Tip: Alternatively, if you’re certain to pay the AMT this year, you might accelerate more income into 2014. The top AMT rate is 28% compared to a top regular income rate of 39.6%.

8. Divide family income and conquer. If you’re in a high tax bracket in 2014, you might transfer income-producing property to other family members, like young children or grandchildren, who are in much lower brackets. For instance, with a tax rate differential of 29.6% between the top bracket of 39.6% and the lowest bracket of 10%, a family can save $2,960 in tax on $10,000 of earnings shifted from high-bracket to low-bracket members. But the tax savings may be mitigated by the “kiddie tax.”

Tip: For 2014, unearned income above $2,000 received by a dependent child under age 19 or full-time student under age 24 is taxed at the parents’ top tax rate.

9. Cope with NII surtax. The 3.8% Medicare surtax applies to the lesser of “net investment income” (NII) or modified adjusted gross income (MAGI) in excess of $200,000 for single filers and $250,000 for joint filers. The definition of NII includes interest, dividends and capital gains—but not distributions from qualified retirement plans and IRAs or income subject to self-employment tax. If possible, you can reduce exposure to the 3.8% surtax by adjusting your portfolio. For instance, you might increase your investment in tax-exempt municipal bonds or opt for a tax-deferred annuity.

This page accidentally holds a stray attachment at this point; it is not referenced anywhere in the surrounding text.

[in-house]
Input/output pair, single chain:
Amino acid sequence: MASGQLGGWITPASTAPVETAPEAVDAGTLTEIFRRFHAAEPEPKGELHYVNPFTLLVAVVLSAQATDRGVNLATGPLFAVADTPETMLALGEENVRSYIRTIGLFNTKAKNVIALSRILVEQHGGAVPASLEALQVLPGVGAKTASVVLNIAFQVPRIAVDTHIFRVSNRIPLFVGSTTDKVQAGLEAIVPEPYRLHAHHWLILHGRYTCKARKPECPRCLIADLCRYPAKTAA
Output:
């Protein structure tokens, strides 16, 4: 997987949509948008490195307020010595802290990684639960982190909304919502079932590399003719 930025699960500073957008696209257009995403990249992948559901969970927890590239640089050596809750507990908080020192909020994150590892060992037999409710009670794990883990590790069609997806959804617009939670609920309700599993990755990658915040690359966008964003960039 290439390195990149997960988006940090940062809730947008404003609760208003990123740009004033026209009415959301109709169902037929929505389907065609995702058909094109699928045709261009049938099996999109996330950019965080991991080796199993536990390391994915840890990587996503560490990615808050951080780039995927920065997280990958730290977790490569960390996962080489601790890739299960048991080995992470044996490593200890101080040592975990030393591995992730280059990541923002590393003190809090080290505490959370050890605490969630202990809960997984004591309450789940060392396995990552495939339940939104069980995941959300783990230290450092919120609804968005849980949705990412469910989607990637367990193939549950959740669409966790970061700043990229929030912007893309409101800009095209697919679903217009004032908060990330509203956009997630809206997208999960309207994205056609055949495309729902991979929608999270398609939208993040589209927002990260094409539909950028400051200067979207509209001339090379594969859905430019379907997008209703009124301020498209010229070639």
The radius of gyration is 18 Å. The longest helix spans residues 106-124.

Tip: Although qualified plan and IRA distributions don’t count as NII, they still increase MAGI and can therefore increase your exposure to the 3.8% tax.

10. Prepay state & local taxes. Generally, your next installment of state and local income taxes, as well as your next property tax bill, are due in January. But you can get ahead of the game by prepaying these taxes in December and then claiming the resulting deductions on your federal return. However, it doesn’t make sense to prepay state and local taxes if you expect to be in a higher tax bracket in 2015 than you are in 2014.

Tip: State and local taxes are not deductible for AMT purposes, so don’t prepay these taxes if you expect to be in the AMT mode for 2014.

11. Bunch up medical & dental expenses. For 2014, your deduction for medical and dental expenses, if any, is limited to the excess above 10% of your AGI (7.5% if you’re 65 or older). When feasible, schedule elective (i.e., nonemergency) expenses, such as physical exams, dental cleanings, and vision care for the end of the year if you expect to clear the 10%-of-AGI mark in 2014. Otherwise, you may as well postpone these visits to 2015 when you’ll have a chance at a deduction.